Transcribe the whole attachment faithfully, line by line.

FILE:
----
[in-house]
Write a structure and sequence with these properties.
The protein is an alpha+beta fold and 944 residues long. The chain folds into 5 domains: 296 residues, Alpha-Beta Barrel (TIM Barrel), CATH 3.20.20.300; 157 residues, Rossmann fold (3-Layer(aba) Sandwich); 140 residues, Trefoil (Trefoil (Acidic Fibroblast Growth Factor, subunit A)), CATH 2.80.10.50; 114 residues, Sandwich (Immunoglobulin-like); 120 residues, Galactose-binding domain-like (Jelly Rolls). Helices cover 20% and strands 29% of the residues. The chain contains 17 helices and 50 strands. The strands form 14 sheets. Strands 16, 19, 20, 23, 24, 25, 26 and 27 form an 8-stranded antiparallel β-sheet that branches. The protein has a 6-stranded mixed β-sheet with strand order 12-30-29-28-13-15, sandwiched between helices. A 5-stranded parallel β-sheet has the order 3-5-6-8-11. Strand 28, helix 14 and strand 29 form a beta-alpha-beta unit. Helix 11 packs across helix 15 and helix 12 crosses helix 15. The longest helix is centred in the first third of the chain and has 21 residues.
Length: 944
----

[in-house]
Write a structure and sequence with these properties.
The protein is an alpha+beta fold and 944 residues long. The chain folds into 5 domains: 296 residues, Alpha-Beta Barrel (TIM Barrel), CATH 3.20.20.300; 157 residues, Rossmann fold (3-Layer(aba) Sandwich); 140 residues, Trefoil (Trefoil (Acidic Fibroblast Growth Factor, subunit A)), CATH 2.80.10.50; 114 residues, Sandwich (Immunoglobulin-like); 120 residues, Galactose-binding domain-like (Jelly Rolls). Helices cover 20% and strands 29% of the residues. The chain contains 17 helices and 50 strands. The strands form 14 sheets. Strands 16, 19, 20, 23, 24, 25, 26 and 27 form an 8-stranded antiparallel β-sheet that branches. The protein has a 6-stranded mixed β-sheet with strand order 12-30-29-28-13-15, sandwiched between helices. A 5-stranded parallel β-sheet has the order 3-5-6-8-11. Strand 28, helix 14 and strand 29 form a beta-alpha-beta unit. Helix 11 packs across helix 15 and helix 12 crosses helix 15. The longest helix is centred in the first third of the chain and has 21 residues.
Length: 944